of a balanced approach that protects the american economy, the ryan republican budget guts education, medical research, infrastructure and even public safety. the ryan republican budget would actually jeopardize the economic recovery. it wouldn't help it. and in case you're thinking it -- huge and painful cuts can buy an awful lot of deficit reduction, think again. instead congressman ryan's cuts will buy more tax breaks for the wealthiest among us. this budget isn't a serious attempt to reduce the deficit. meaningful deficit reduction will require shared sacrifice, including contributions from those who can best afford to contribute. today budget committee chairman patty murray will introduce a budget that reflects the principle of balance. senator murray's plan, the democratic plan, will cut wasteful spending, reduce the deficit and close tax loopholes that benefit the rich. and it will invest in the things that help our economy grow: education, preventive health care, worker training, roads and bridges. it will invest in a strong middle class. and unlike the ryan republican plan, it won't
't afford higher taxes, especially in the obama economy. and if that's really the kind of budget senate democrats plan to offer, it would sacrifice america's hopes for sustained economic recovery at the altar of higher taxes and bloated, unaccountable government. it would also draw an important contrast with the budget republicans put forward yesterday. because here's the thing, republicans believe we should be growing the economy, not the government. growing the economy, not the government. and the house republican budget reflects just those priorities. it's a budget that does something else too. it actually balances. it actually balances. that's important for a number of reasons, not the least of which is that it would help unleash economic growth and bring down our country's massive, massive debt load. interest payments on the national debt alone are set to exceed everything we spend on defense. interest on the national debt is going to exceed everything we spend on defense in just a few years' time. so the path we're on is clearly not sustainable. with that in mind, i hope democrats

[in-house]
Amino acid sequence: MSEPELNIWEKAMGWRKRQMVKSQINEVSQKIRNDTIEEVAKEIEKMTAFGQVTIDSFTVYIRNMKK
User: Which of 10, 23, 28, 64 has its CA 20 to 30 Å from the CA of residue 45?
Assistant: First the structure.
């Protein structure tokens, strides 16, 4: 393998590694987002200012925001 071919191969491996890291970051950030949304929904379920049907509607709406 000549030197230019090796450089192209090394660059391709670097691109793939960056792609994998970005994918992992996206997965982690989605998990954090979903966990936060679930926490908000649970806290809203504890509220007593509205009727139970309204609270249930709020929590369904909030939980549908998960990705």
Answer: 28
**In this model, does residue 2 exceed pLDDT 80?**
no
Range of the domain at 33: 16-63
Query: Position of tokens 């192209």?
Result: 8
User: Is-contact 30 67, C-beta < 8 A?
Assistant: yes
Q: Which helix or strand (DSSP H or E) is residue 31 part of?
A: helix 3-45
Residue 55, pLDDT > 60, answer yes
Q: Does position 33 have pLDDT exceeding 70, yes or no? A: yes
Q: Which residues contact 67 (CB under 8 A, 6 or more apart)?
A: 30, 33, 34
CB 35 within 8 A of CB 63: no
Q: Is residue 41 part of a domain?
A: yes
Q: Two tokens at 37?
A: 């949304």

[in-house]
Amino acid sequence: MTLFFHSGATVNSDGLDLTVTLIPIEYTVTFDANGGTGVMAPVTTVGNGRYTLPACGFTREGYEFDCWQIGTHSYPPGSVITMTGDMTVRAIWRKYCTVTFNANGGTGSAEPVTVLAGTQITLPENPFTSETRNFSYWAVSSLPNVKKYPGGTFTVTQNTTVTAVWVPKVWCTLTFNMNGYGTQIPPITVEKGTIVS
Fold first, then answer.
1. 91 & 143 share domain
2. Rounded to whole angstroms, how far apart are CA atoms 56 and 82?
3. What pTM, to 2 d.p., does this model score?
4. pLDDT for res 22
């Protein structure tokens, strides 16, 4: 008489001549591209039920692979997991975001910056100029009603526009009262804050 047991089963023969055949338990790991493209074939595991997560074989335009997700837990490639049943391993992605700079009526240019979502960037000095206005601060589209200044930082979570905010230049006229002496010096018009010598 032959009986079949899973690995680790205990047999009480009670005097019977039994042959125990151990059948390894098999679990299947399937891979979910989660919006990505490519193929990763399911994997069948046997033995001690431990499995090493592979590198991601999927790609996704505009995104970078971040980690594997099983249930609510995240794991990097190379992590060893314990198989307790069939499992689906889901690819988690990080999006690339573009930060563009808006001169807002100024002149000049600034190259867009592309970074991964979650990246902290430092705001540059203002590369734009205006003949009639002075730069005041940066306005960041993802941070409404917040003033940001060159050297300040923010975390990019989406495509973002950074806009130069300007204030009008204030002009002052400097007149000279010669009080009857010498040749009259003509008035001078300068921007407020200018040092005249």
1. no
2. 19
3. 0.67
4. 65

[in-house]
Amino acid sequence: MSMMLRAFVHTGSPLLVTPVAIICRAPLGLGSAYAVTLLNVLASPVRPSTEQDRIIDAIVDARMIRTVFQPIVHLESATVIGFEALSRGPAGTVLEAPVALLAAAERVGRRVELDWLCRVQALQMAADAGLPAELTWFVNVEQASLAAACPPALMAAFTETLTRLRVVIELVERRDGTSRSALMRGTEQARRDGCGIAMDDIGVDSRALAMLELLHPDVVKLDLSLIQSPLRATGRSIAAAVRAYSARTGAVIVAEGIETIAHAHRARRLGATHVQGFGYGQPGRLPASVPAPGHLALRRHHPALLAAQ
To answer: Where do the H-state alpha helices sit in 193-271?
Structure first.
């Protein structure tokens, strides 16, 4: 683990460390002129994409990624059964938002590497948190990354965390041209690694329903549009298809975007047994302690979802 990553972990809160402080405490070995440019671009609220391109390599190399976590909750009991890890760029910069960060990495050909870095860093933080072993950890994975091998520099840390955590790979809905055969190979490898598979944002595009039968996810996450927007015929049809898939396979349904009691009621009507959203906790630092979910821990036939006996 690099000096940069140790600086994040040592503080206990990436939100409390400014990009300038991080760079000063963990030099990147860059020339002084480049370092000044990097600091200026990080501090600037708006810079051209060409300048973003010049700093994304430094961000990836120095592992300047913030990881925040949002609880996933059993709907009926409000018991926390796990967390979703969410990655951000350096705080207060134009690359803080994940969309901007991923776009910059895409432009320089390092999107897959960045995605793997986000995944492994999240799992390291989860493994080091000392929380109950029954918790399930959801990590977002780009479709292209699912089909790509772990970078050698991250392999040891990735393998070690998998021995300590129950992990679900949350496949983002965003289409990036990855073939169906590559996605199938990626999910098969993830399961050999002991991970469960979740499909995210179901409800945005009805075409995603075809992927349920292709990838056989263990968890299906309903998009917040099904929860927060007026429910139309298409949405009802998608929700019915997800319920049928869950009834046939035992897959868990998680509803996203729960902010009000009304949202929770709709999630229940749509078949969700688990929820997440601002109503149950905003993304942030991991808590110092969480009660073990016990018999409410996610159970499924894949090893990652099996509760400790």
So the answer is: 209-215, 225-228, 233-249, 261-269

by foreign media organizations. i think there are two main concerns. first, whether the chinese economy will continue to grow sustainably. and secondly, whether a stronger china will become more assertive, and even -- [inaudible] [speaking chinese] [speaking chinese] >> translator: i think these two concerns are really necessary. china is capable of achieving sustainable and a healthy economic development, in pursuing social progress. and that are more than 1.3 billion people in this country so we are on a long journey towards modernization. for that we would require an international environment of lasting peace. even if china becomes stronger, we will not seek edge me. because we have learned from our own experience in the modern period that one should not impose on others what he himself does not desire. this is an article of faith for us. [speaking chinese] [speaking chinese] [speaking chinese] >> translator: let me underscore here that china has an unwavering commitment to peaceful development. we also have an unshakable determination to safeguard our country's sovereignty and terri